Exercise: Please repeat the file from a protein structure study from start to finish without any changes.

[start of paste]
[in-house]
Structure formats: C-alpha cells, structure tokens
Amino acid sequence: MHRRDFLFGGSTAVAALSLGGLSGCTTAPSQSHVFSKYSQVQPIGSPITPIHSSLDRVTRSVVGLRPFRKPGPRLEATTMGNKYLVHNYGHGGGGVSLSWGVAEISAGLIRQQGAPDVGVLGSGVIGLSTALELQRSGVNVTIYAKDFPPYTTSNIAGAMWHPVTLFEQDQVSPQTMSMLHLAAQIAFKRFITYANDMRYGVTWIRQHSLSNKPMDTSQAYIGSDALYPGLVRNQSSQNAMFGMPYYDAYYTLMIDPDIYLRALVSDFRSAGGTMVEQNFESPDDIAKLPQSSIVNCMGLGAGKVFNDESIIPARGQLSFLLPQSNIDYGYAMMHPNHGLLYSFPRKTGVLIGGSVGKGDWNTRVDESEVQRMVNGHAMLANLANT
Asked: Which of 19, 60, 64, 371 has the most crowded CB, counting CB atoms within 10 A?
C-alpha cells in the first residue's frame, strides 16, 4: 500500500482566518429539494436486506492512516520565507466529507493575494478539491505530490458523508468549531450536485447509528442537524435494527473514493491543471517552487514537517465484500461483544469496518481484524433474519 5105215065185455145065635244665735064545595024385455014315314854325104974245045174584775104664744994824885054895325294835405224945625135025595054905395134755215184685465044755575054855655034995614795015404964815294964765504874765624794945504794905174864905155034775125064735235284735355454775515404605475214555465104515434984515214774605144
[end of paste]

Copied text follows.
[in-house]
Structure formats: C-alpha cells, structure tokens
Amino acid sequence: MHRRDFLFGGSTAVAALSLGGLSGCTTAPSQSHVFSKYSQVQPIGSPITPIHSSLDRVTRSVVGLRPFRKPGPRLEATTMGNKYLVHNYGHGGGGVSLSWGVAEISAGLIRQQGAPDVGVLGSGVIGLSTALELQRSGVNVTIYAKDFPPYTTSNIAGAMWHPVTLFEQDQVSPQTMSMLHLAAQIAFKRFITYANDMRYGVTWIRQHSLSNKPMDTSQAYIGSDALYPGLVRNQSSQNAMFGMPYYDAYYTLMIDPDIYLRALVSDFRSAGGTMVEQNFESPDDIAKLPQSSIVNCMGLGAGKVFNDESIIPARGQLSFLLPQSNIDYGYAMMHPNHGLLYSFPRKTGVLIGGSVGKGDWNTRVDESEVQRMVNGHAMLANLANT
Asked: Which of 19, 60, 64, 371 has the most crowded CB, counting CB atoms within 10 A?
C-alpha cells in the first residue's frame, strides 16, 4: 500500500482566518429539494436486506492512516520565507466529507493575494478539491505530490458523508468549531450536485447509528442537524435494527473514493491543471517552487514537517465484500461483544469496518481484524433474519 5105215065185455145065635244665735064545595024385455014315314854325104974245045174584775104664744994824885054895325294835405224945625135025595054905395134755215184685465044755575054855655034995614795015404964815294964765504874765624794945504794905174864905155034775125064735235284735355454775515404605475214555465104515434984515214774605144